lap and established a new outright lap record. Nuvolari in the new 3.8-liter Alfa Romeo drove in mid field but retired early on.
The last big race of the year ended with a triple triumph for Mercedes-Benz. Wimille's Bugatti held third place for 7 laps and his brilliant drive earned him fourth place. The Auto Unions were the fastest cars,
but all encountered mechanical problems. Rosemeyer nursed the only surviving Auto Union home in fifth place. Benoist in the second Bugatti finished sixth and the independent Sommer was last with an old Alfa Romeo.
The 17.315 km Lasarte circuit, a few miles south of the Atlantic seaside resort of San Sebastian, had to be lapped 30 times a total of 519.450 km. This famous road course had been in use since 1923 as the San
Sebastian Grand Prix. A genuine natural road course, the winding hilly road went counterclockwise through the foothills of the Pyrenees and some parts were in poor condition with stones and potholes. At the
start and finish, between the villages of Lasarte and Oria, there were tram lines. The circuit then led through Andoain after 5 km, Urnieta at half distance, Hernani after 11 km, and Lasarte just 1.3 km before
the start and finish. The Automobile-Club of Guipuzcoa organized the event and had improved the banking of many corners, resulting in shorter lap times. On the straights beginning after km 5 up to km 10.7,
there were several opportunities to go full throttle. Of the estimated 100,000 spectators, many had arrived in special trains from all parts of the country to see the eleventh Spanish Grand Prix. Prize money
was 20,000 Pesetas for first place, 10,000 for second, 5,000 for third, and 2,500 for fourth place.
Entries and Practice:|
Auto Union had four cars for Hans Stuck, Achille Varzi, Bernd Rosemeyer and Paul Pietsch, whose car became the training car for he was the reserve driver. On Thursday, the first practice day, Stuck drove five slow laps,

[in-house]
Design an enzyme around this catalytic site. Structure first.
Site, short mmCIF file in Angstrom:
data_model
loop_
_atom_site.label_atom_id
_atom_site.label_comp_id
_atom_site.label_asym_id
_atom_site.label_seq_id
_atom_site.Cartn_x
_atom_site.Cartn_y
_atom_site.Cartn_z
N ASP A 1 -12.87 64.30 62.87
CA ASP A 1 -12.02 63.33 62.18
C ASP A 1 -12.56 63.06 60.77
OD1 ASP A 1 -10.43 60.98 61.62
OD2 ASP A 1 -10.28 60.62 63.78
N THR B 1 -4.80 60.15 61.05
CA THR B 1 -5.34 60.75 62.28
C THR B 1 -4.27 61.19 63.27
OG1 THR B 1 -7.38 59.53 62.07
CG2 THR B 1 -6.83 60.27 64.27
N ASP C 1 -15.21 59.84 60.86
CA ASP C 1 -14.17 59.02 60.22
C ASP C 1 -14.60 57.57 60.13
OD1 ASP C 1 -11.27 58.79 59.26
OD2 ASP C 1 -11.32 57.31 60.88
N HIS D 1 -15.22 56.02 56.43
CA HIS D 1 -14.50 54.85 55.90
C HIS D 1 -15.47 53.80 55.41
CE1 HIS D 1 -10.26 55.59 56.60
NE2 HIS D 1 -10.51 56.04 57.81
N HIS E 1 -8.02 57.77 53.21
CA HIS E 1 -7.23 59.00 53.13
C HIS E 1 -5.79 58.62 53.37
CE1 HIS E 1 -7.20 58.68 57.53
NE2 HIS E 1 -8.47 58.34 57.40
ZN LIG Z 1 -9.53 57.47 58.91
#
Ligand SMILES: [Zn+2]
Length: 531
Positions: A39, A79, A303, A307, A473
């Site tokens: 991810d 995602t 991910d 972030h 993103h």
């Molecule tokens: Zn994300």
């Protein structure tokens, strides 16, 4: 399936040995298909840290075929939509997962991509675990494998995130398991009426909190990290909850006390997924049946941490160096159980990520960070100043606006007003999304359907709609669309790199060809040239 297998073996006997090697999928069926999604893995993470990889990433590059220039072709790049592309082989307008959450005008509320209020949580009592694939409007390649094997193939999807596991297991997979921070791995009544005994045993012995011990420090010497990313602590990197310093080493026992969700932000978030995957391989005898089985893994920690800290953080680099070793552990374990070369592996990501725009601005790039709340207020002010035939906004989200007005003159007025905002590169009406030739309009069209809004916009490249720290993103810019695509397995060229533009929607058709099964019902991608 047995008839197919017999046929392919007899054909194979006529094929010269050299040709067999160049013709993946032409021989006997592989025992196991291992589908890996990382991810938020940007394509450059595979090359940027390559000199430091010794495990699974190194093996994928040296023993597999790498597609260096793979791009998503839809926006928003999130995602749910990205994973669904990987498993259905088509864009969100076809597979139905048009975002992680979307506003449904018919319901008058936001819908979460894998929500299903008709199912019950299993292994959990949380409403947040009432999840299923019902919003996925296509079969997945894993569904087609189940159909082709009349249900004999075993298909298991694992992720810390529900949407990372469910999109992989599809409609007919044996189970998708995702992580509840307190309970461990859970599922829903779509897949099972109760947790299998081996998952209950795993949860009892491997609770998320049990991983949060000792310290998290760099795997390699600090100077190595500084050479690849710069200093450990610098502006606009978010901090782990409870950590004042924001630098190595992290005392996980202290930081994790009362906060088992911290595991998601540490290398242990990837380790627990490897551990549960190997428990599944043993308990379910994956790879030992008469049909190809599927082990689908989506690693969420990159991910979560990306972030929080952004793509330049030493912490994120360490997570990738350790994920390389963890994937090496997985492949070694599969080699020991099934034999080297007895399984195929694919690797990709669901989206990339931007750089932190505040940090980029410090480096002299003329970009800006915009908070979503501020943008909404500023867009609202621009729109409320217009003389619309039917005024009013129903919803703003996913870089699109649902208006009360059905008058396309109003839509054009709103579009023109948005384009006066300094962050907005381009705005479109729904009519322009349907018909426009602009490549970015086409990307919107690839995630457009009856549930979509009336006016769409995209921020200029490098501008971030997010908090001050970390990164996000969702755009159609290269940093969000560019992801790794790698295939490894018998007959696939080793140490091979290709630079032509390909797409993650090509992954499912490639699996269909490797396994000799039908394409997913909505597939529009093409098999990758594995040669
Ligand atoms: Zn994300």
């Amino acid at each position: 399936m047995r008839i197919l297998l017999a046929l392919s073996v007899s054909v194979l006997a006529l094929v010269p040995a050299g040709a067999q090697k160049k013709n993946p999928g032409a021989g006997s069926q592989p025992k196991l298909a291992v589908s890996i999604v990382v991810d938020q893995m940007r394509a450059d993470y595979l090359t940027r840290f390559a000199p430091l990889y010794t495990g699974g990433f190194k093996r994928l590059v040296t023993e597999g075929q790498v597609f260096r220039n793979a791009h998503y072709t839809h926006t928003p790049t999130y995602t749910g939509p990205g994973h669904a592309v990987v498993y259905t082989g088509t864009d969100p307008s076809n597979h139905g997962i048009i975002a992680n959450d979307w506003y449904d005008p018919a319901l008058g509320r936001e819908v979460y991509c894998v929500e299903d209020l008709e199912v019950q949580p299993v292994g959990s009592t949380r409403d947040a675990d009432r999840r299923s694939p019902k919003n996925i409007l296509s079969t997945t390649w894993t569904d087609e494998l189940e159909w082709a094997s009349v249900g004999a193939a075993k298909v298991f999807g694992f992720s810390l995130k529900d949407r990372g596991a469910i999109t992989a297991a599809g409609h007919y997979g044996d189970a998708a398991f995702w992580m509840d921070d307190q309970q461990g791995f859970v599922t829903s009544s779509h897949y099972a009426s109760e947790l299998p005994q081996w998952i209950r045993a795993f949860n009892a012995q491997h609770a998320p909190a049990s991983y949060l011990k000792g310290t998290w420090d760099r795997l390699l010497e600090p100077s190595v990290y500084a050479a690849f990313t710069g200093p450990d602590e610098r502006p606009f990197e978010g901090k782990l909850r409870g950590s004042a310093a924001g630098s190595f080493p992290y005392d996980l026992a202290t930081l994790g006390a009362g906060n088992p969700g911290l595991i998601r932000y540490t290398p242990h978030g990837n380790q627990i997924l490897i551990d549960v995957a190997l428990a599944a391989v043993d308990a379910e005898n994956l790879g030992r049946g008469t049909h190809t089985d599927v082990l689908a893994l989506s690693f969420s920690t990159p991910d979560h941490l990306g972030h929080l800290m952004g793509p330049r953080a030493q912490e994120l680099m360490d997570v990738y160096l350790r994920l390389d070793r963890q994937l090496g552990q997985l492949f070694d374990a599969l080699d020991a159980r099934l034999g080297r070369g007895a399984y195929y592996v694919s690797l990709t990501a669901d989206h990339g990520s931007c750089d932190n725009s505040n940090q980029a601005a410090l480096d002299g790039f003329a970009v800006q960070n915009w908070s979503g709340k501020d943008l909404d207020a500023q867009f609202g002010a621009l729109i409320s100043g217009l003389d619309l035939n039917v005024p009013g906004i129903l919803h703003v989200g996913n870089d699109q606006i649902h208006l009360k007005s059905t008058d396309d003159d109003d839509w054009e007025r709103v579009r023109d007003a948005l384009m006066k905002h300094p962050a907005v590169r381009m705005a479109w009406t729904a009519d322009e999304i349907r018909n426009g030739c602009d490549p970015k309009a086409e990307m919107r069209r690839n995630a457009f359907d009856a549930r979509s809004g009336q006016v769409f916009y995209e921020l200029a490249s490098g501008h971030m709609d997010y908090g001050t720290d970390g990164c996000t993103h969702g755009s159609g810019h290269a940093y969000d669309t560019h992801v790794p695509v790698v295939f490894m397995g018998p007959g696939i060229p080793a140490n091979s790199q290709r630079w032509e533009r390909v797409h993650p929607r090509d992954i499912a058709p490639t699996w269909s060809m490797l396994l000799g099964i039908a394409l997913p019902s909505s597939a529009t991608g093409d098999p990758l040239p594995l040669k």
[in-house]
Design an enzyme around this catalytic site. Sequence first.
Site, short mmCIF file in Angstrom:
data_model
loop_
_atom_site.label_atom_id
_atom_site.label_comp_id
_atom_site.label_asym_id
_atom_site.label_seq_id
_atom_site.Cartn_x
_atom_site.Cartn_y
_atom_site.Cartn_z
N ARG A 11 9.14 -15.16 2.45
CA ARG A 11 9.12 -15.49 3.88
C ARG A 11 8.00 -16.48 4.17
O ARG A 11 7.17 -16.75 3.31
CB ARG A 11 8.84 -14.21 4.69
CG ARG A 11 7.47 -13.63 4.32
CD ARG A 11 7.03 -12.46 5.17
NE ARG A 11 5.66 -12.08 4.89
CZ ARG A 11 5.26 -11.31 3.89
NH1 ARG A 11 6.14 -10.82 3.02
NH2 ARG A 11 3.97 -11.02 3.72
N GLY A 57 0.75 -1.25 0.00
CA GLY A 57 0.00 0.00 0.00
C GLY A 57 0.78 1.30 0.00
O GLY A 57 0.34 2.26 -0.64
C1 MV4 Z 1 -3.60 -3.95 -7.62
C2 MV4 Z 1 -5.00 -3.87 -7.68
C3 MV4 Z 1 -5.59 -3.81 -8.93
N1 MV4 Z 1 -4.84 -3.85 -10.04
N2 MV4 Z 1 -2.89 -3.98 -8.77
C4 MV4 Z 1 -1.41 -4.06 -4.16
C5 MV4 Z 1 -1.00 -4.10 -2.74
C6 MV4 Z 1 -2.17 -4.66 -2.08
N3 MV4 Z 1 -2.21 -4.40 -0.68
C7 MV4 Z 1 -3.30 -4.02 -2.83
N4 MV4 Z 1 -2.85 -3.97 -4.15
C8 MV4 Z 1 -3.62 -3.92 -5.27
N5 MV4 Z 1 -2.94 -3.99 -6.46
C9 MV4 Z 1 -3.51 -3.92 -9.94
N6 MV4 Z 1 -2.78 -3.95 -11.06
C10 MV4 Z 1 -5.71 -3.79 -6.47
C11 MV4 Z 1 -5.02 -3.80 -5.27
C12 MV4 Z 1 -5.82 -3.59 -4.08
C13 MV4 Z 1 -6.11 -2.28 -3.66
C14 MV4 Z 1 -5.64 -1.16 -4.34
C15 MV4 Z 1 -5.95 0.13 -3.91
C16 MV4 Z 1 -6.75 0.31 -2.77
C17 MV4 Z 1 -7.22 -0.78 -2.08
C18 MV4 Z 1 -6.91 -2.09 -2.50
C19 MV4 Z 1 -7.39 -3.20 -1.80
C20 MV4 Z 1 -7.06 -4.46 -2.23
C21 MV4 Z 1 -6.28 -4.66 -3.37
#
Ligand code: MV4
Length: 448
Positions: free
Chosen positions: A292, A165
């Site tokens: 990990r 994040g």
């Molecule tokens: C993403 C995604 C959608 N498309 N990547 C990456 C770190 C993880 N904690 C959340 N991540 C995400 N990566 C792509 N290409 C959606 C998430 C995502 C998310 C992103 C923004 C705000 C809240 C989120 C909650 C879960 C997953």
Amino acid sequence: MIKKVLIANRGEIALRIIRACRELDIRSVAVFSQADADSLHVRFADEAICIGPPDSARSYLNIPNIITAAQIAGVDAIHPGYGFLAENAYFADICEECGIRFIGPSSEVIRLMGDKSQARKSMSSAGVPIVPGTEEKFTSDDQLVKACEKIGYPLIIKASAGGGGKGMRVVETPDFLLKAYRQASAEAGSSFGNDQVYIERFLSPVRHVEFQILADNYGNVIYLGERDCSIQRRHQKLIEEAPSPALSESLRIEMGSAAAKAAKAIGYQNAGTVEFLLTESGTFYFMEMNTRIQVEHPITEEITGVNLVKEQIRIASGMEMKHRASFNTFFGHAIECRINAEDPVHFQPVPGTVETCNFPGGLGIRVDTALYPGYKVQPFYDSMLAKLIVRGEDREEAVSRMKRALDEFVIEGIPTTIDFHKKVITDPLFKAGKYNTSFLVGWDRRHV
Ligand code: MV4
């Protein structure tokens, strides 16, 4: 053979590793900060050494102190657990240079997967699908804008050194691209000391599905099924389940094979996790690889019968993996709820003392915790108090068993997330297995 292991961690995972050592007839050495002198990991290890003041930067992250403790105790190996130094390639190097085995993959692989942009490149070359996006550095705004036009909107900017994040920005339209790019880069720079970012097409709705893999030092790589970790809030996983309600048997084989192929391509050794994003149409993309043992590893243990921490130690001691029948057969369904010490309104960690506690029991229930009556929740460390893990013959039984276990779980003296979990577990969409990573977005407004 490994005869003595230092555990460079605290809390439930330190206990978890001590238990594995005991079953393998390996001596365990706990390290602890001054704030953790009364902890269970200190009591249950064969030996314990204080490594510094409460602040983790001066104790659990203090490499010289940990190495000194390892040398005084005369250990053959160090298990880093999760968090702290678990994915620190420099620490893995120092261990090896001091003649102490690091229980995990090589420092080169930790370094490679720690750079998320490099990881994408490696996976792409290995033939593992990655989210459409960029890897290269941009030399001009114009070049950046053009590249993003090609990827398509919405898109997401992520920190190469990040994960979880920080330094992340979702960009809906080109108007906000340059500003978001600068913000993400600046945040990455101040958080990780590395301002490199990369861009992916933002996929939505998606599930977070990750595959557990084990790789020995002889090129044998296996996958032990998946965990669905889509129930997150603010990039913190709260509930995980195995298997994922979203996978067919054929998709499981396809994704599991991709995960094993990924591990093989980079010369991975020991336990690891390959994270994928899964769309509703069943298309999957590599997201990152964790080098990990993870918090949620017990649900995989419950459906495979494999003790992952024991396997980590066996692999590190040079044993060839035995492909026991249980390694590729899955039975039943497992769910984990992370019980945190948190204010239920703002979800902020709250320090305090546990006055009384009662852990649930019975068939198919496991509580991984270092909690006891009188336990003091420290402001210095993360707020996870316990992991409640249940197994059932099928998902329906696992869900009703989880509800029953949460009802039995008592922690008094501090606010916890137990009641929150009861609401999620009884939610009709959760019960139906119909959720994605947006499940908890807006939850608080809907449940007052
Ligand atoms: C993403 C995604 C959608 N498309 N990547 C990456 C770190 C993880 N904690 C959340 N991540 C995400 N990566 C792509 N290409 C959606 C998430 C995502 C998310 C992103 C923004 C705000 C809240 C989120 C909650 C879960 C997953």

the best in 6m54s at about 150 km/h average. Varzi drove three slow laps in his car and one lap in the training car, which was in need of a new clutch. Pietsch also drove the training car but rather slowly. Rosemeyer,
still a junior driver, did some impressive laps on the first day, the best at 6m37s, while getting acquainted with the circuit, which was new to him. By the end of Thursday Rosemeyer had driven the fastest lap of the
day in 6m34s at 157 km/h average speed. Daimler-Benz also arrived with four W25 racecars for Rudolf Caracciola, Luigi Fagioli, Manfred von Brauchitsch and a fourth marked with a "T" as a training car. The new much lower
Mercedes racecar seen during practice for the Swiss Grand Prix and also tested at Monza did not appear in Spain. During Thursday practice none of the Mercedes-Benz was driven below 6m34s. Fagioli drove a lap of 6m37s
while Caracciola drove a best of 6m44s and Brauchitsch best time was 6m58s. The independent French driver Raymond Sommer arrived with an Alfa Romeo Type B painted blue, the French national color. He also used the first
day of practice to learn the circuit but held back with his speed.
On Friday, more cars appeared for practice. Stuck did nine laps with a different final drive, his fastest time was 6m37s. He also tried the training car for comparison. He complained that during cornering the car was
going away in front, his way of expressing understeer, a term that was still unknown in 1935. While Varzi's car received new cylinder heads and a different final drive on Friday, he used the training car again and did
five laps, one fast one at 6m19s, an average speed of 165 km/h and the next for a new record lap of 6m17s. Rosemeyer did four laps, one at 6m28s with his best at 6m26s. Brauchitsch drove his Mercedes in 6m30s,
Caracciola in 6m33s and Fagioli in 6m42s. Scuderia Ferrari arrived with an Alfa Romeo 8C35 for Tazio Nuvolari and a 3.2-liter Type B Alfa Romeo with independent suspension for Louis Chiron, who was racing for the
first time after his bad crash in the Swiss GP. He was not yet fully recovered from his Bern crash four weeks ago and still suffered from the after effects of influenza. René Dreyfus was the nominated reserve driver.
Nuvolari drove a lap of 6m32s. Scuderia Subalpina from Turin, led by its founder, Count Luigi della Chiesa, represented the Maserati factory, having a similar agreement to that between Alfa Romeo and the Scuderia
Ferrari. Although Etancelin's condition after his Monza accident was improving, he was not yet ready to race. Therefore the team arrived with two 6-cylinder Maserati 6C 34's for Eugenio Siena and Marcel Lehoux.